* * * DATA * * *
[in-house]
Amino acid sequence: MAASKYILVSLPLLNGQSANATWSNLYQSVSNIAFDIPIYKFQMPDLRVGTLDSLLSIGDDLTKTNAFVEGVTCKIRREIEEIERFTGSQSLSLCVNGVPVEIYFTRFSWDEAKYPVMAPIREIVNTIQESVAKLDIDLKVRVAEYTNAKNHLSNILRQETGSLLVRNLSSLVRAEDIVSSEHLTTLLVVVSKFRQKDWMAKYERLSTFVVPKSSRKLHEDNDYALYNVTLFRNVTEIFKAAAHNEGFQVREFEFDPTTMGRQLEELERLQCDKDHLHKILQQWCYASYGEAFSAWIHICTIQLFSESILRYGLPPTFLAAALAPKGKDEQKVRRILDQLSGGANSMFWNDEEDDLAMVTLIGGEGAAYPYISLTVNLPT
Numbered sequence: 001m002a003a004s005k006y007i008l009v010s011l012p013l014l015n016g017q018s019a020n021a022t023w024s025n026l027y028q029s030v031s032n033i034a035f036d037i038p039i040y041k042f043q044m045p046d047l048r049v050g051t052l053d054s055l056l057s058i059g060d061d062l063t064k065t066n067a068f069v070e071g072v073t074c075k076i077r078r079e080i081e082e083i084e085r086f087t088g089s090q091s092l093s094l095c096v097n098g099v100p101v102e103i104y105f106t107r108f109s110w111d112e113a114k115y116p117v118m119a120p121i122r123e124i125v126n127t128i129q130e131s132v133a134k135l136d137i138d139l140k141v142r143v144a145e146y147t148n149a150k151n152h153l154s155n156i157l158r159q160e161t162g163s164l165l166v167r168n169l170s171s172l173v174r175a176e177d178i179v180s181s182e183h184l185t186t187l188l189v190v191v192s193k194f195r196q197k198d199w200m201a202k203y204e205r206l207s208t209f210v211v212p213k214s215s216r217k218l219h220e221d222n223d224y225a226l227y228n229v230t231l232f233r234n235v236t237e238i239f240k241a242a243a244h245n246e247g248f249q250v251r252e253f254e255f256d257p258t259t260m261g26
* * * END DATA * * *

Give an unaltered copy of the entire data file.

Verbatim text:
[in-house]
Amino acid sequence: MAASKYILVSLPLLNGQSANATWSNLYQSVSNIAFDIPIYKFQMPDLRVGTLDSLLSIGDDLTKTNAFVEGVTCKIRREIEEIERFTGSQSLSLCVNGVPVEIYFTRFSWDEAKYPVMAPIREIVNTIQESVAKLDIDLKVRVAEYTNAKNHLSNILRQETGSLLVRNLSSLVRAEDIVSSEHLTTLLVVVSKFRQKDWMAKYERLSTFVVPKSSRKLHEDNDYALYNVTLFRNVTEIFKAAAHNEGFQVREFEFDPTTMGRQLEELERLQCDKDHLHKILQQWCYASYGEAFSAWIHICTIQLFSESILRYGLPPTFLAAALAPKGKDEQKVRRILDQLSGGANSMFWNDEEDDLAMVTLIGGEGAAYPYISLTVNLPT
Numbered sequence: 001m002a003a004s005k006y007i008l009v010s011l012p013l014l015n016g017q018s019a020n021a022t023w024s025n026l027y028q029s030v031s032n033i034a035f036d037i038p039i040y041k042f043q044m045p046d047l048r049v050g051t052l053d054s055l056l057s058i059g060d061d062l063t064k065t066n067a068f069v070e071g072v073t074c075k076i077r078r079e080i081e082e083i084e085r086f087t088g089s090q091s092l093s094l095c096v097n098g099v100p101v102e103i104y105f106t107r108f109s110w111d112e113a114k115y116p117v118m119a120p121i122r123e124i125v126n127t128i129q130e131s132v133a134k135l136d137i138d139l140k141v142r143v144a145e146y147t148n149a150k151n152h153l154s155n156i157l158r159q160e161t162g163s164l165l166v167r168n169l170s171s172l173v174r175a176e177d178i179v180s181s182e183h184l185t186t187l188l189v190v191v192s193k194f195r196q197k198d199w200m201a202k203y204e205r206l207s208t209f210v211v212p213k214s215s216r217k218l219h220e221d222n223d224y225a226l227y228n229v230t231l232f233r234n235v236t237e238i239f240k241a242a243a244h245n246e247g248f249q250v251r252e253f254e255f256d257p258t259t260m261g26